The 30th anniversary of Australia’s Parliament House

Dr Joy McCann, Anna Hough
Politics and Public Administration Section

with Dr Dianne Heriot, Parliamentary Librarian

Australian Parliament House during the Enlighten Festival

Indigenous country and European settlement, pre 1788‒1900

>20,000 years ago | 1825‒61826‒1900 | 1890s | 1899


>20,000 years ago

Indigenous country



For more than 20,000 years Indigenous people have been the traditional custodians of the region known as the Australian Capital Territory, including the hill on which Parliament House now sits. This is reflected in the fact that, since 2010, the Presiding Officer in the Senate and House of Representatives[1] respectively begins each sitting day with prayers and an acknowledgement of the traditional Indigenous custodians of the Canberra area, the Ngunnawal and Ngambri peoples.[2] Indigenous people have continued to live in the region and maintain a strong sense of identity and connection with the land.

Watch: Acknowledgement of country, House of Representatives, 12 March 2013

Video courtesy of DPS Broadcasting, Parliament House

Watch: Acknowledgement of country, Senate, 12 March 2013

Video courtesy of DPS Broadcasting, Parliament House



European occupation



European settlers begin settling the area known as the 'Limestone Plains' following the first recorded visit to the area by Charles Throsby Smith, Joseph Wild and James Vaughan in 1820.

Joshua John Moore is recorded as the first European landowner in the area known as the Limestone Plains. On 21 October 1824 he takes out a ticket-of-occupation for 2000 acres on what is to become the site of Canberra. In 1825 he obtains permission to purchase 1000 acres of unoccupied land, but does not exercise his option to purchase until 16 December 1826 when he writes:

The land I wish to purchase is situate at Canbery on the E. bank of the river which waters Limestone Plains, above its junction with the Murrumbeeja [sic], adjoining the grant of Mr Robert Campbell snr. [3]



From Limestone Plains to Canberra


Settlers establish large pastoral properties, small farming enterprises and villages on the Limestone Plains and, by the mid-nineteenth century, the district is being referred to as Canberra. European occupation, here as elsewhere in south-eastern Australia, has a major impact on the Indigenous people of the Canberra region.


Australasian Federal Conventions



During the 1890s, a series of conventions develop the basis for the federation of Australia.

In 1890, leading politicians from the six Australian colonies and New Zealand attend the Australasian Federation Conference in Melbourne and agree to 'an early union under the crown'. In 1891 members of the National Australasian Convention meet in Sydney to debate how the colonies should federate and to develop a draft constitution. The Australasian Federal Convention meets in three sessions in 1897 and early 1898 to modify the 1891 draft. The Constitution contained in the Commonwealth of Australia Constitution Bill is subsequently endorsed by voters of each Australian colony at referendums held in 1898, 1899 and 1900, and is passed by the British Parliament and given Royal Assent on 9 July 1900. [4]

The Australasian Federation Conference delegates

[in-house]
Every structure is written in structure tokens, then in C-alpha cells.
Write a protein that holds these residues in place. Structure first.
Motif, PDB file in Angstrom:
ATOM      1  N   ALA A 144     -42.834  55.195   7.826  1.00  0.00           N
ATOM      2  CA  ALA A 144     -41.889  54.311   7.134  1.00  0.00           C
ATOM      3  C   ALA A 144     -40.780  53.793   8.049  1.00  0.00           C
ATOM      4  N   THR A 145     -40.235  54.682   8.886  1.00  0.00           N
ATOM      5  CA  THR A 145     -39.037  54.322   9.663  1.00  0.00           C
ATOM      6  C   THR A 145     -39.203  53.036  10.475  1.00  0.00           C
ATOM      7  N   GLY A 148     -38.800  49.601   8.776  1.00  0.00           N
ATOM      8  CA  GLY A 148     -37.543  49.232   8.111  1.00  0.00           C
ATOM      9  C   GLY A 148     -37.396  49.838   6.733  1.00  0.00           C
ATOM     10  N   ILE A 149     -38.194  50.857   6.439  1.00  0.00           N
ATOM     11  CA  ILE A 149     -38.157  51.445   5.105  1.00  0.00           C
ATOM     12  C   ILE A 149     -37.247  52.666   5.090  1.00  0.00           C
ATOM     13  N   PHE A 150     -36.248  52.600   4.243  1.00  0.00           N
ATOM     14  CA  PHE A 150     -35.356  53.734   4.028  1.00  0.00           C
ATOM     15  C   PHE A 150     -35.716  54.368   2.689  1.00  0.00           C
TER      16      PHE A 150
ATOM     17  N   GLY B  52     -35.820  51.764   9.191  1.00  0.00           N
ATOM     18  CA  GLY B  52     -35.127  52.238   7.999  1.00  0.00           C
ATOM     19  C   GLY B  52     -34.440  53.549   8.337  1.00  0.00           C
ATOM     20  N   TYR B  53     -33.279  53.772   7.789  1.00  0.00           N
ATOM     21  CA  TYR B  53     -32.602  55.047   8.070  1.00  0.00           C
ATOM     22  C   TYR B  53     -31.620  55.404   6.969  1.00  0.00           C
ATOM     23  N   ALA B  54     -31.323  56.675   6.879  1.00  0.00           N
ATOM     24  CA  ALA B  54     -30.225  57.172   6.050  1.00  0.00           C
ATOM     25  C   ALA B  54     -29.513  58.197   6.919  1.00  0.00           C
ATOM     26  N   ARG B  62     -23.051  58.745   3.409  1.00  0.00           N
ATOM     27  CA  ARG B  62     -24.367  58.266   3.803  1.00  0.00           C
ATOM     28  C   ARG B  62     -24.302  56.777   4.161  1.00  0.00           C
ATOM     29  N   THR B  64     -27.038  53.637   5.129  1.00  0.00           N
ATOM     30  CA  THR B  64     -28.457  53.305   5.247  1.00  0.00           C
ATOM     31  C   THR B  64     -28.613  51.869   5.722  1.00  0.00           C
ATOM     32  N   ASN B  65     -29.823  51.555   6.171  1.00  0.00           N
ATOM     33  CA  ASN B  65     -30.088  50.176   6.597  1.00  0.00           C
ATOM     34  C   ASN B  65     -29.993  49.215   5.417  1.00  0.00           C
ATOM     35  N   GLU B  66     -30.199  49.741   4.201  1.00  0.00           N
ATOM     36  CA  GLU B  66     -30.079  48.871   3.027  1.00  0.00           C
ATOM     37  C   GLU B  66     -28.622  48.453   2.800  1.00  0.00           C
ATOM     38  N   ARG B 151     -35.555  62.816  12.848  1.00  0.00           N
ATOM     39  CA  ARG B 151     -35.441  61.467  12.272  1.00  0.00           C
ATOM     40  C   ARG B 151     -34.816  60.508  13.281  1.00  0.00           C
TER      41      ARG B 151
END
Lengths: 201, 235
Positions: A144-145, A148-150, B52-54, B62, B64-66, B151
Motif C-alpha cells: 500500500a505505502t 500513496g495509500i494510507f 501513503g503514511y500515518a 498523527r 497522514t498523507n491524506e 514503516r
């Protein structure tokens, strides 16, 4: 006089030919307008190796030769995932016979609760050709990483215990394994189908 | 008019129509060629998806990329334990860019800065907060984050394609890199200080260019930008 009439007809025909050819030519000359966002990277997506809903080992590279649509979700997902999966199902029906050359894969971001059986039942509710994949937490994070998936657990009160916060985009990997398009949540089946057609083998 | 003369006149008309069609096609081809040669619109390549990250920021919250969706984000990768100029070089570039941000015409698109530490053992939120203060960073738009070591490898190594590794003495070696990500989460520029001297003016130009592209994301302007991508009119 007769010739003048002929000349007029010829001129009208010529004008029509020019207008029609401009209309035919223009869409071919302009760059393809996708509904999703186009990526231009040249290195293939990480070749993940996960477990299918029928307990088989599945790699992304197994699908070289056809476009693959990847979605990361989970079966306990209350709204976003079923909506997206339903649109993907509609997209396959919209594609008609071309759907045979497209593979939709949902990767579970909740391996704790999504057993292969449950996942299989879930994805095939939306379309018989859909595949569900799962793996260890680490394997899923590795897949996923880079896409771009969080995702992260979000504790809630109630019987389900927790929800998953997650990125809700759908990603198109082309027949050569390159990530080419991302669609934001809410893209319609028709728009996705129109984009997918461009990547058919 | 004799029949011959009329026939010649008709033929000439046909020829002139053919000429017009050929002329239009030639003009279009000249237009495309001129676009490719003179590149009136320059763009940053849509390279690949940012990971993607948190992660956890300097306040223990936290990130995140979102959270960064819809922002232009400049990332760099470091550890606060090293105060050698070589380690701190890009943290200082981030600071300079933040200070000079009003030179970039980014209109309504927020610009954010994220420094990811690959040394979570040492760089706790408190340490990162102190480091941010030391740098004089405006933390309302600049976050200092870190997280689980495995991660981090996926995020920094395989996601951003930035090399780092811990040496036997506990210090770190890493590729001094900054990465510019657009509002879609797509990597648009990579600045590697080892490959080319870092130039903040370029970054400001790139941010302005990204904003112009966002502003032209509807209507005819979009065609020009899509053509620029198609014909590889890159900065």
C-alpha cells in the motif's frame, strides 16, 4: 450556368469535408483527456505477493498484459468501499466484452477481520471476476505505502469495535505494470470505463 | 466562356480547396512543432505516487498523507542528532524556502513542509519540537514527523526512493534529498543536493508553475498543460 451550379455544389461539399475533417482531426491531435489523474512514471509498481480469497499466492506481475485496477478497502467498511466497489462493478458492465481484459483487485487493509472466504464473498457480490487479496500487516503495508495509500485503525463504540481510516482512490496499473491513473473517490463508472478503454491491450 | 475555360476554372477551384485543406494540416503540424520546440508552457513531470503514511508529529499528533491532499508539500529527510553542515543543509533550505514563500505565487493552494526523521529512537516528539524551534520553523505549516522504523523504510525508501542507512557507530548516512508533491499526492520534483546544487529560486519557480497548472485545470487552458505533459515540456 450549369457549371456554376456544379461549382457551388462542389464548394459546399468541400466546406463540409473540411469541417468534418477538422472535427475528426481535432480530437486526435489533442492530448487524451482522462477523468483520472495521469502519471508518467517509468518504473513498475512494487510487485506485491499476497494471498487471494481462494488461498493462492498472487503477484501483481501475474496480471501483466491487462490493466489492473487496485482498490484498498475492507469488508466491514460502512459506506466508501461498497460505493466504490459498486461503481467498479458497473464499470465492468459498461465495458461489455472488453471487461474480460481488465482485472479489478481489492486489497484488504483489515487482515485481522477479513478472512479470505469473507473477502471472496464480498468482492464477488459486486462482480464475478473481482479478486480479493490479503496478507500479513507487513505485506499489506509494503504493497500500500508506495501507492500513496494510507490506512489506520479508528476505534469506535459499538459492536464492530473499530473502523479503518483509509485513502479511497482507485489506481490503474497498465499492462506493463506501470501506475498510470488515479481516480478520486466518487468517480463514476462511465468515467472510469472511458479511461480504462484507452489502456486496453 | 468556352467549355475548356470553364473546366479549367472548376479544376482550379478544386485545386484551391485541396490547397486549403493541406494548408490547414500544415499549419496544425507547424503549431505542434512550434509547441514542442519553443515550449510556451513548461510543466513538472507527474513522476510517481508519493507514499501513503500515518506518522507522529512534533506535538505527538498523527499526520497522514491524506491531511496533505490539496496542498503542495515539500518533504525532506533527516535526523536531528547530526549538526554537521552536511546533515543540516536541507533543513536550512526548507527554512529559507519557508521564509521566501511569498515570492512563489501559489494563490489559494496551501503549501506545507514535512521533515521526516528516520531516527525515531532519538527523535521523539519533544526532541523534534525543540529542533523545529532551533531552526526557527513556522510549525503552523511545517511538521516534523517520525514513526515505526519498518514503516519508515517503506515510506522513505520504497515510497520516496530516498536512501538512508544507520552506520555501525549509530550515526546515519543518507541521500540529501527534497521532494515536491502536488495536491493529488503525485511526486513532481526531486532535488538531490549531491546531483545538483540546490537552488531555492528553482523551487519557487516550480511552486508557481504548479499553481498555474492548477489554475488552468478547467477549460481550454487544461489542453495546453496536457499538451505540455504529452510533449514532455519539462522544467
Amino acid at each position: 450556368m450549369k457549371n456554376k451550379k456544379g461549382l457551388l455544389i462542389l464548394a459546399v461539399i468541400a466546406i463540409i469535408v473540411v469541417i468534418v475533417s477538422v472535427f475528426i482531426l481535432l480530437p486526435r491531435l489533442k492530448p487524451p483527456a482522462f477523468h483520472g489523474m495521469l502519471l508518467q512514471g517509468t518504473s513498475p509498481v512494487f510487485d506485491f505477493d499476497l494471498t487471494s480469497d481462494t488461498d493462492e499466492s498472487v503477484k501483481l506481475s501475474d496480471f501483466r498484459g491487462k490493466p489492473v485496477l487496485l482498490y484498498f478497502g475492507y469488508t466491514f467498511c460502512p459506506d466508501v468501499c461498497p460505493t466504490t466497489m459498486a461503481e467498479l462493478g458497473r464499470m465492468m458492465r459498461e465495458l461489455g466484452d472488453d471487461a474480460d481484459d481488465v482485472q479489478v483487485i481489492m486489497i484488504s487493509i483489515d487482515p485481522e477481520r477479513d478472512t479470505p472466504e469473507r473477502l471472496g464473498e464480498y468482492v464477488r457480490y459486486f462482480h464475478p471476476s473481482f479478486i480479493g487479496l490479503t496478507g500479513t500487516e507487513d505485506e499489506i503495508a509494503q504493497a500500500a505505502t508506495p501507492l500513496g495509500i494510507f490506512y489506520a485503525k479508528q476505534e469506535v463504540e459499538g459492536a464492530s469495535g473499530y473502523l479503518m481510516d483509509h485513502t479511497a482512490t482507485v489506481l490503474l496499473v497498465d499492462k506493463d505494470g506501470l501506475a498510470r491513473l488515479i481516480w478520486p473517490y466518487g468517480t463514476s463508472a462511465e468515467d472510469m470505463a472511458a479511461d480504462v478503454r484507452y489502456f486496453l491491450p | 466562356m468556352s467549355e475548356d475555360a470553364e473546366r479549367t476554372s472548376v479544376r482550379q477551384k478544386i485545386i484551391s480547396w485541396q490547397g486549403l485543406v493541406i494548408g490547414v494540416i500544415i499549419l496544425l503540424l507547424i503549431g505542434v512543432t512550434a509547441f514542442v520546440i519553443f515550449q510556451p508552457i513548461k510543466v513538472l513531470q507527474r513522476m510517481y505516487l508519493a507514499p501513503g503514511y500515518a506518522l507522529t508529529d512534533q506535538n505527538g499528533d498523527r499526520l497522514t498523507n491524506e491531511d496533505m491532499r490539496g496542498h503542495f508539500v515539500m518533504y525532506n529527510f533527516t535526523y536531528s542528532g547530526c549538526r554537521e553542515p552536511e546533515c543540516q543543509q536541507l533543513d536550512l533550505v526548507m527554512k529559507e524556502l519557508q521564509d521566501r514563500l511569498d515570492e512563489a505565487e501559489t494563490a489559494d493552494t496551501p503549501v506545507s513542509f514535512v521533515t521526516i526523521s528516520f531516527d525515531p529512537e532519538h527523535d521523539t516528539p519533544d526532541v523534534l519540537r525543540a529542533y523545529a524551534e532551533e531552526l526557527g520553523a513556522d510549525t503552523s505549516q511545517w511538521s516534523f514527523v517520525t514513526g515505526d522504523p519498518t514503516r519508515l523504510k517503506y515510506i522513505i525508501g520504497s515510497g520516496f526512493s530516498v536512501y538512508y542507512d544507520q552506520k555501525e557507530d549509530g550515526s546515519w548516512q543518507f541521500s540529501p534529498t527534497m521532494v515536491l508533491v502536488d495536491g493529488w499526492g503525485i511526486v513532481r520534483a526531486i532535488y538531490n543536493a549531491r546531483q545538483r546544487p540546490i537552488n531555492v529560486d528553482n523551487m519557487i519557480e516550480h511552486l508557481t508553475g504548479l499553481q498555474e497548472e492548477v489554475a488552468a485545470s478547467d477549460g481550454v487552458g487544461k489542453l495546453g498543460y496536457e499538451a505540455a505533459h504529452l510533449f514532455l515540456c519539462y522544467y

The Australasian Federation Conference delegates, Melbourne, February 1890. Photographer: Johnstone, O’Shannessy & Co

Image courtesy of National Archives of Australia

The first Royal Commission to determine a site


The NSW Government appoints a royal commission to inquire into suitable sites for the federal capital.  Commissioner Alexander Oliver presents his report in October 1990 recommending Bombala-Eden, Orange and Yass.[5]

Report of the Commissioner on Sites for the Seat of Government of the Commonwealth, NSW Government, 30 October 1900

Report of the Commissioner on Sites for the Seat of Government of the Commonwealth, NSW Government, 30 October 1900

Image courtesy of National Archives of Australia


  1. Prayer and acknowledgement of country, in R Laing, ed, Annotated standing orders of the Australian Senate, Chapter 8, section 50, Department of the Senate, accessed 12 March 2013; BC Wright, ed, Acknowledgement of country and prayers, House of Representatives Standing and Sessional Orders, Chapter 6, section 38, Department of the House of Representatives, Canberra, 20 October 2010, accessed 12 March 2013.
  2. The spelling of the names varies. Authoritative sources of the Indigenous history of the Canberra region include D Horton, ed, The encyclopaedia of Aboriginal Australia: Aboriginal and Torres Strait Islander history, society and culture, Aboriginal Studies Press for the Australian Institute of Aboriginal and Torres Strait Islander Studies, 1994, Vol. 2, pp. 789‒90, 1008‒10; A Jackson-Nakano, The Kamberri: a history from the records of Aboriginal families in the Canberra-Queanbeyan district and surrounds 1820‒1927, and historical overview 1928‒2001, Weereewaa History Series, Vol. 1, Aboriginal History Monograph 8, Ann Jackson-Nakano and Aboriginal History Inc., 2001; NB Tindale, Aboriginal tribes of Australia: their terrain, environmental controls, distribution, limits, and proper names, Australian National University Press, Canberra, 1974, p. 198; J Flood, The moth hunters: Aboriginal prehistory of the Australian Alps, Australian Institute of Aboriginal Studies, Canberra, 1980.
  3. LF Fitzhardinge, 'Moore, Joshua John (1790‒1864)', Australian Dictionary of Biography, viewed 15 February 2013,
  4. Senate, Records of the Australasian Federal Conventions of the 1890s, viewed 1 February 2013,
  5. ‘Selecting the federal capital site’, Design 29: creating a capital, National Archives of Australia, viewed 13 June 2013

National Archives of Australia
National Film and Sound Archive National Library of Australia National Portrait Gallery